What was the path of totality for the last solar eclipse in 2017?

This map shows the path of the moon's umbral shadow – in which the sun was completely obscured by the moon – during the total solar eclipse of Aug. 21, 2017, as well as the fraction of the sun's area covered by the moon outside the path of totality. A partial eclipse was visible throughout the United States. NASA

Eclipse-watchers in the U.S. got to experience totality from coast to coast, as the path stretched across 14 states in the continental U.S., but even those outside the 70-mile-wide path of totality saw a partial eclipse. All U.S. states — and all of North America — got to experience at least a partial eclipse in 2017.

This animation shows the moon's shadow cross the Western Hemisphere during the solar eclipse on Aug. 21, 2017. NASA

Photos of people watching the 2017 eclipse

People flocked to the path of totality for the 2017 solar eclipse, the first visible across the U.S. in nearly a century. Viewing parties were held in cities and towns along the path, and the 20 national parks along the 70-mile-wide path hosted crowds of people eager to see darkness fall during daylight. Even those outside the path of totality gathered outside to see the partial eclipse during the rare event.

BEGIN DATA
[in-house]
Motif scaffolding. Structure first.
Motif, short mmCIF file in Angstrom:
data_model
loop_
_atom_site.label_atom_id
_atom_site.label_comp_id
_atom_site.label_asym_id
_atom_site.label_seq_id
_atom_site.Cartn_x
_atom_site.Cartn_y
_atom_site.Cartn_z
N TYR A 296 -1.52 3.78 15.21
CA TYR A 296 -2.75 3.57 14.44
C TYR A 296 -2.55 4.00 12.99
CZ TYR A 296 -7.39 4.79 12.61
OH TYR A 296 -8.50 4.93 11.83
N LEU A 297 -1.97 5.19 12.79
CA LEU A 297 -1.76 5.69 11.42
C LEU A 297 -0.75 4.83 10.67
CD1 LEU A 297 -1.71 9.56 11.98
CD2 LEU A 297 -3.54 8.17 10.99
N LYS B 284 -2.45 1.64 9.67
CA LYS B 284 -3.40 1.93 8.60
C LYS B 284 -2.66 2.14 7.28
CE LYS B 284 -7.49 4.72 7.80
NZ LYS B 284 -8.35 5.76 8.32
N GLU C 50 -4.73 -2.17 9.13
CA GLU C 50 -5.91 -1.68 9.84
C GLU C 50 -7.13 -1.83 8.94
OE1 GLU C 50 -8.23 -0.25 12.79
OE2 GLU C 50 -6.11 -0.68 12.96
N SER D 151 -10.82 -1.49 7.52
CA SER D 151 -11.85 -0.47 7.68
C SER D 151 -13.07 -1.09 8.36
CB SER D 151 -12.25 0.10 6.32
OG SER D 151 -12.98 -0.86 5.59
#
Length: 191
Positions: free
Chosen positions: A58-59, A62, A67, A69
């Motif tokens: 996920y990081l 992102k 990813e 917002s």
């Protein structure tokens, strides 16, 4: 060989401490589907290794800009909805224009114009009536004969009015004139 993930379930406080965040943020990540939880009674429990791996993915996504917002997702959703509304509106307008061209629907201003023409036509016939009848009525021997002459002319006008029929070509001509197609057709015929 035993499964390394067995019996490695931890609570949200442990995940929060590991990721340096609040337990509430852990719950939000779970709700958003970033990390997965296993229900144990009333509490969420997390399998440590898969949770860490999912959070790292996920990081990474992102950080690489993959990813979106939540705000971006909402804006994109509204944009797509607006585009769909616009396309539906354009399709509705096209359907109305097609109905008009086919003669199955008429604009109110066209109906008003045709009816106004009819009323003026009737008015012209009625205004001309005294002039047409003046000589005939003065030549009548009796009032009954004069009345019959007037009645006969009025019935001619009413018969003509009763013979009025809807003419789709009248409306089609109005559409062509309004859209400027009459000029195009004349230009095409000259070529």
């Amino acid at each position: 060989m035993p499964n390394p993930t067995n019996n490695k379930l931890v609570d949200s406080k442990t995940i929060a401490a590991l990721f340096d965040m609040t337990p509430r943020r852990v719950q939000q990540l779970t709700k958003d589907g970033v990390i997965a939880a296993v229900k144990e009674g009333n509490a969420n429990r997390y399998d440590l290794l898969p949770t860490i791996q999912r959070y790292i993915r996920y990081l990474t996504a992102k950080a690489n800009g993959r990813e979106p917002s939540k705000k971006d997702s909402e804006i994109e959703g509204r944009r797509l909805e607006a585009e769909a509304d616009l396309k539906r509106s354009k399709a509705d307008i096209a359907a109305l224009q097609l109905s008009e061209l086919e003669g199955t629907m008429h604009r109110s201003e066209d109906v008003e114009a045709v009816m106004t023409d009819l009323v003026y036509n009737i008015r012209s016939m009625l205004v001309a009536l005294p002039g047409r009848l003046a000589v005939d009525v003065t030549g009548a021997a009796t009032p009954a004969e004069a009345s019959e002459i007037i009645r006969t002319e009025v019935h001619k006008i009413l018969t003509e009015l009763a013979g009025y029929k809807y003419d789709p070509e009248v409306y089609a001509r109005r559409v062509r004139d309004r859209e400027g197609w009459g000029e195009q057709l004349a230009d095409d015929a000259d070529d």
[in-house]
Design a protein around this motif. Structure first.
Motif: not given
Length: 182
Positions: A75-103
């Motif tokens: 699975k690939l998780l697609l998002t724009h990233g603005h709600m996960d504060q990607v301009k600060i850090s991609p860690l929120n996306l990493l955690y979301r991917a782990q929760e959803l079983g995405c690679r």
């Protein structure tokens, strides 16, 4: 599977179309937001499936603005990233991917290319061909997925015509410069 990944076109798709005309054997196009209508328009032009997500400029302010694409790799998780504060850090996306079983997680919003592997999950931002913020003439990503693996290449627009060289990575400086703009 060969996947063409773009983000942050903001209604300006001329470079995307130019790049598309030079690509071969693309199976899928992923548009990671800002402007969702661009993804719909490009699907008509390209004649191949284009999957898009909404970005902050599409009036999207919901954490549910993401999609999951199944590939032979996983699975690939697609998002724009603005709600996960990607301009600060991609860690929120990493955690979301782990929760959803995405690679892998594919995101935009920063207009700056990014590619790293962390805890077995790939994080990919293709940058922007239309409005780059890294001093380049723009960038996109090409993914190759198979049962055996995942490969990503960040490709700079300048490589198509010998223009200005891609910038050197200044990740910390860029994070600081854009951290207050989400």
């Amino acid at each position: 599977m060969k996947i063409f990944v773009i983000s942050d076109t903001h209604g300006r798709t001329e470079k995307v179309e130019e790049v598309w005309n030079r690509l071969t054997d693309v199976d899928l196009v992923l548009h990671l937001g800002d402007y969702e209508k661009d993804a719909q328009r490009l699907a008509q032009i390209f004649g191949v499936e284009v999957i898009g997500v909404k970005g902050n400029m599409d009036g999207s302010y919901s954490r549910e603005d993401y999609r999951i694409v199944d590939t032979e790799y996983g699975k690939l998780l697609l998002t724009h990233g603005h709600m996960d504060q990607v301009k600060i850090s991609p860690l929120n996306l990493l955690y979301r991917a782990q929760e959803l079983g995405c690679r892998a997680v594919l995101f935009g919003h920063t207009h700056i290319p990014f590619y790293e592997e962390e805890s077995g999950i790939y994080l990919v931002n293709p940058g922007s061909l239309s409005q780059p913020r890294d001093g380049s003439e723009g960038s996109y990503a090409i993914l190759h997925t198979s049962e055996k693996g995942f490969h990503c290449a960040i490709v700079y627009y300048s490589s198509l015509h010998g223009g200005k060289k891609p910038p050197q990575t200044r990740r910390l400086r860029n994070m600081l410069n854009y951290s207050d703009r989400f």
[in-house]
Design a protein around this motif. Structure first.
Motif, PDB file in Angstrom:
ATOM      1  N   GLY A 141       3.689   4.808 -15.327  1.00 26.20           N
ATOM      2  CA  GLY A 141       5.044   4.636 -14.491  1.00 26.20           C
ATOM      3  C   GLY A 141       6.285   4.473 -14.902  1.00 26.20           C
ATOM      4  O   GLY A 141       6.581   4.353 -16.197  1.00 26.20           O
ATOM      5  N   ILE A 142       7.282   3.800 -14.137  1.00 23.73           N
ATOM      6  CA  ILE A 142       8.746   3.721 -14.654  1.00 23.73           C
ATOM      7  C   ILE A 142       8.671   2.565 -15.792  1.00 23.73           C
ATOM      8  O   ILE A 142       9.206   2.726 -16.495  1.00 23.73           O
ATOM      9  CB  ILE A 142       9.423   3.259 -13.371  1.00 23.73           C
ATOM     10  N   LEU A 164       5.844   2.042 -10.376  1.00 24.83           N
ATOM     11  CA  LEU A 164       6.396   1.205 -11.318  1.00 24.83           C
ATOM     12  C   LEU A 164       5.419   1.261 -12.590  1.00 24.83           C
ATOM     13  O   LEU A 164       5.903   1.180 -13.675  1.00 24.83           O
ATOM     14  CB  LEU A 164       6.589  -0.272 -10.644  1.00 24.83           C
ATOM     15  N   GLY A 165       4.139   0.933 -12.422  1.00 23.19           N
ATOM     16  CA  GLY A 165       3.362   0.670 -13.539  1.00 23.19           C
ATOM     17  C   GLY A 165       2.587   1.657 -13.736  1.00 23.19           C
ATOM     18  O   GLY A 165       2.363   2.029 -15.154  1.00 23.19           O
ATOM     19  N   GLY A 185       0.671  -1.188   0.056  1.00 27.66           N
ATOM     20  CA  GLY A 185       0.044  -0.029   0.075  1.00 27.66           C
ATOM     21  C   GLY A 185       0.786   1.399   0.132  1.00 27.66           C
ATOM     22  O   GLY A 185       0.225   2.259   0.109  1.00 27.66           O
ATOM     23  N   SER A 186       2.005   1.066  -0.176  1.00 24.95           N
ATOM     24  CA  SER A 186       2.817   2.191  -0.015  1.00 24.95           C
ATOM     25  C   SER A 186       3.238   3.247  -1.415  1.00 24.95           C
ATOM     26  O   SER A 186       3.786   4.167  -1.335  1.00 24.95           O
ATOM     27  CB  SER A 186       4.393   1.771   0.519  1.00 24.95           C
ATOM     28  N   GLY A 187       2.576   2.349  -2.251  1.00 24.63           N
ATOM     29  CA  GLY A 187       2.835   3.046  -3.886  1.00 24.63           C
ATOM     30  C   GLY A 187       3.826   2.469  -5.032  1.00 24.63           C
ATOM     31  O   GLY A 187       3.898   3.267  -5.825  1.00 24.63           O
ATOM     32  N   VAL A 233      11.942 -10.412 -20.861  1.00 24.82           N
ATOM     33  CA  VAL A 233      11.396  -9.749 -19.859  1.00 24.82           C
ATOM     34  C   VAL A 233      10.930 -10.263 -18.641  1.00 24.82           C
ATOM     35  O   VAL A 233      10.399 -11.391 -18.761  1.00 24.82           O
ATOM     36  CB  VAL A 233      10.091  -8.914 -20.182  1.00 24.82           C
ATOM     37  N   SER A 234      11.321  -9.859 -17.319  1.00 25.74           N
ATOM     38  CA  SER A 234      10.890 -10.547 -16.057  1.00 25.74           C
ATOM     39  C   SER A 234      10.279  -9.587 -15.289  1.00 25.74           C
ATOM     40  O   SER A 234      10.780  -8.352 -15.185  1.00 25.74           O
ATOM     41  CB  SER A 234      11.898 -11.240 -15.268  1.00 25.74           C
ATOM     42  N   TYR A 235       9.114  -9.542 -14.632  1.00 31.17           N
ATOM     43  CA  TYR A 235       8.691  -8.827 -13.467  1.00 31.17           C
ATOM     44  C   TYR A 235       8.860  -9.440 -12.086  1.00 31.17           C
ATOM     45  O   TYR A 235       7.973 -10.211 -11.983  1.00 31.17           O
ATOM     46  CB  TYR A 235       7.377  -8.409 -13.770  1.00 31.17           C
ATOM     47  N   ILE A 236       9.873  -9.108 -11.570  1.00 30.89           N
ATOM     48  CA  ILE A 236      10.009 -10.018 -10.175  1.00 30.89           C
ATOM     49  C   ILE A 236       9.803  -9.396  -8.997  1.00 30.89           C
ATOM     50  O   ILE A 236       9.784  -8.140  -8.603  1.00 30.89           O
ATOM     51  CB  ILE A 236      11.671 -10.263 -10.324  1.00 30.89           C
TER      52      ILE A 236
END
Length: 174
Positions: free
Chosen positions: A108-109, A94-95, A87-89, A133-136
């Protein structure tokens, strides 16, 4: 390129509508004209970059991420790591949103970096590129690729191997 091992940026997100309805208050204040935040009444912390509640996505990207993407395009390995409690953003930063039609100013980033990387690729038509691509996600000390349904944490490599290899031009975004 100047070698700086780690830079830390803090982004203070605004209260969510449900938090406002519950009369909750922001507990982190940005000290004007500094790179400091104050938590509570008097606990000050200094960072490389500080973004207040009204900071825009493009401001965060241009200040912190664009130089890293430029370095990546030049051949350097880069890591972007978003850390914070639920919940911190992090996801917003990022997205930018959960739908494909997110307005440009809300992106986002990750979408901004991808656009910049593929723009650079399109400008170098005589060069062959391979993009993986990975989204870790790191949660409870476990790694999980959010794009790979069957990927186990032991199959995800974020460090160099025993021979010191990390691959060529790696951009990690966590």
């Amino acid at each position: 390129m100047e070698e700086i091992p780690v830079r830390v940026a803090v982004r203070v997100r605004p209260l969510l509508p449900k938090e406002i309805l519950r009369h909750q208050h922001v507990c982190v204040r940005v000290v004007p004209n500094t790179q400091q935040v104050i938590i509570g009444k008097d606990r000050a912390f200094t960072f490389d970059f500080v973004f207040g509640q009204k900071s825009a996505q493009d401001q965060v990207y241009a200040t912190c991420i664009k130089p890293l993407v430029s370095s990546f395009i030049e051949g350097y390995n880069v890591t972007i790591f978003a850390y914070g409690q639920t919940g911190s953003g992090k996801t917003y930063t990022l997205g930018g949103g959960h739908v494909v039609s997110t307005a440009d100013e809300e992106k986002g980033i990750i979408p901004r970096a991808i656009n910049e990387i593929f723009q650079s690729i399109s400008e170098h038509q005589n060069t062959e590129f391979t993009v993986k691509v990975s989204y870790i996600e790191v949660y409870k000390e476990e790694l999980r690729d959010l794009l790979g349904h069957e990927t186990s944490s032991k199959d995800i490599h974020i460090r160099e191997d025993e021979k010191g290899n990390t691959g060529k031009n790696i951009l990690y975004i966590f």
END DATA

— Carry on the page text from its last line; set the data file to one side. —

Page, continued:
People watch the solar eclipse at Saluki Stadium on the campus of Southern Illinois University on Aug. 21, 2017 in Carbondale, Illinois. The city is also in the path of totality for the April 8, 2024 solar eclipse. Scott Olson/Getty Images
President Donald Trump and First Lady Melania Trump look up at the partial solar eclipse from the balcony of the White House in Washington, DC, on Aug. 21, 2017. Nicholas Kamm/AFP/Getty Images
Solar Eclipse Visible Across Swath Of U.S.
Brothers Chris and Gabe Fabiano watch the solar eclipse on the beach on Hilton Head Island, South Carolina, on August 21, 2017. Win McNamee / Getty Images